The crowd gathered at South Point as he stepped up in the final frame with nine consecutive strikes, and Anderson energized the fans with a messenger to take out the 10 pin on each shot in the 10th.

"When I got to the 10th and looked around, there were like 200 people watching," Anderson said. "I would like to say I enjoy those big moments. This moment felt big because with each strike I threw, the crowd got louder and louder. I got away with the first one, and when I did, I knew I had to get the next two. I don't throw too many messengers like that, so it felt like someone was helping me along the way. It was a really special moment, being able to do that on the night I received my watch for last year."

Anderson concluded the night with a 204 for a 718 series, and his return to the Bowling Plaza on Saturday started with 628 in doubles before jumping into his title defense.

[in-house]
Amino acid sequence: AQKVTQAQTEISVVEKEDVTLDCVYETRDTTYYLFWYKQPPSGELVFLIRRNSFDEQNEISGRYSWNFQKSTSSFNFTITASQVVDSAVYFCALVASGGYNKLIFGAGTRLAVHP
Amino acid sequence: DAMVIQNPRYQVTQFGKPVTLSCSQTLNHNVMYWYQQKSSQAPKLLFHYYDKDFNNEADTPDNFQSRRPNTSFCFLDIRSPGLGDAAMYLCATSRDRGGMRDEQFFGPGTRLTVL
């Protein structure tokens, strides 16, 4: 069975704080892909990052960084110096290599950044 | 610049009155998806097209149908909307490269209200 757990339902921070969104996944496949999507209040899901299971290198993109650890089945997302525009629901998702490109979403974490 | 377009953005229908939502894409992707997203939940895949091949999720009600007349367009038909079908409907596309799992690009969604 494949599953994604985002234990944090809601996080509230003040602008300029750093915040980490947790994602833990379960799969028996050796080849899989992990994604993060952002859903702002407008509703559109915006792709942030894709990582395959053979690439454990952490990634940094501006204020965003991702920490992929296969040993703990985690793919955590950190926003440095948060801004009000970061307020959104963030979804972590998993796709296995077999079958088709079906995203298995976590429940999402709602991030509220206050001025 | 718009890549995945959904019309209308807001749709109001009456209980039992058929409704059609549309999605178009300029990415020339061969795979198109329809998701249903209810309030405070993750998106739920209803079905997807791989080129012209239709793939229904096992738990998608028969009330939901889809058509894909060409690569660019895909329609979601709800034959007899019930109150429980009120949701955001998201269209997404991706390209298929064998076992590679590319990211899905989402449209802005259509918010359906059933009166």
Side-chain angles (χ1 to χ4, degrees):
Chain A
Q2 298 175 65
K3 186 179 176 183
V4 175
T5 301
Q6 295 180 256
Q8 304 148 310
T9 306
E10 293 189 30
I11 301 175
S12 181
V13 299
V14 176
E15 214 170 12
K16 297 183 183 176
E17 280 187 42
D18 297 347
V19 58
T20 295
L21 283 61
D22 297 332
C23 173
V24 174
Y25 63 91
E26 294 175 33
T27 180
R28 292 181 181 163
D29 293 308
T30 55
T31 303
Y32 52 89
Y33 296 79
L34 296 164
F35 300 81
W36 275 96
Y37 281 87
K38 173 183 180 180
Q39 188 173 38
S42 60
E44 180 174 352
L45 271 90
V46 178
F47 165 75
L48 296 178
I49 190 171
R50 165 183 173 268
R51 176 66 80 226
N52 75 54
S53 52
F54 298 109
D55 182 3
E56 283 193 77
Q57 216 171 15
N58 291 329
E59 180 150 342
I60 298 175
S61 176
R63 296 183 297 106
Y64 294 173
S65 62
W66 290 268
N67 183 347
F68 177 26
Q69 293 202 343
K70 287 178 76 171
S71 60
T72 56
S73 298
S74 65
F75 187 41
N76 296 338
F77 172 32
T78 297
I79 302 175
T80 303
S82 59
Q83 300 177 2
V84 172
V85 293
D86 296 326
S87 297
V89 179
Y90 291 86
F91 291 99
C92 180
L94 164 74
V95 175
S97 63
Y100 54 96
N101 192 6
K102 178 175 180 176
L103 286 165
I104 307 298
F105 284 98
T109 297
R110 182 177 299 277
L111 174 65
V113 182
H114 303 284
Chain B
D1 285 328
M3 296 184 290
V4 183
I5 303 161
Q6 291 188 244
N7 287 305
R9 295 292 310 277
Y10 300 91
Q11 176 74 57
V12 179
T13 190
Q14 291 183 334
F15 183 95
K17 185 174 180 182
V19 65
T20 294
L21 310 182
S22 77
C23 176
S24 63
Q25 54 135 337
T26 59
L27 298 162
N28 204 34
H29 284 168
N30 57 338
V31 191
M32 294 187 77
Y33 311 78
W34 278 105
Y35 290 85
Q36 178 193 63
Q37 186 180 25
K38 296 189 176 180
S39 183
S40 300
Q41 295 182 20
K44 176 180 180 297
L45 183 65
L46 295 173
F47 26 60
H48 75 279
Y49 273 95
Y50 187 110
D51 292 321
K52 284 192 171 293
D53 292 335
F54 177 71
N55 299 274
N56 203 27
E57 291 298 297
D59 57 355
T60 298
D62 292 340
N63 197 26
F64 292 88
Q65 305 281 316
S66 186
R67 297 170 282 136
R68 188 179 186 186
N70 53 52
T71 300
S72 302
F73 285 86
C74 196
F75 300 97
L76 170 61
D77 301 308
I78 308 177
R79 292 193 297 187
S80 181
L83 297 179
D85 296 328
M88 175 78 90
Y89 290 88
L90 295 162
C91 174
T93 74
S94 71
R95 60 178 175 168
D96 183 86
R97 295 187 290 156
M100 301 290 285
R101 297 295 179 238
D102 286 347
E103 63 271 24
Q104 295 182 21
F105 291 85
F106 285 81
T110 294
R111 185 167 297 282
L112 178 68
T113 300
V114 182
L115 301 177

A 243 effort in the opening game of singles gave Anderson a small window to catch the leading Regular Singles total of 835 by Scott Patke of Lansing, Michigan, but the momentum did not continue as he finished with 195 and 181 for a 619 series and 1,965 all-events total.

No competitor has successfully defended a Regular Singles title in the history of the Open Championships.

On top of being talented competitors on the lanes, Anderson's group at the Open Championships also is a tightknit unit. Seeing one of their teammates struggle to make it through Friday's event, to go with some other rough news leading to their trip to Las Vegas, led to a bit of a rollercoaster experience for the team heading into Saturday.

"The last 24 hours have been tough," said Anderson after his singles set. "Bowling here under normal circumstances is hard enough, and this group had a lot of stuff going on in the last couple weeks. Today, we just had a really rough start. When you have a rough start at the Open Championships and you're not totally focused, you're going to get beat up. But, we'll be back next year and try to run it back."

Regular Singles features bowlers with entering averages of 176 and above.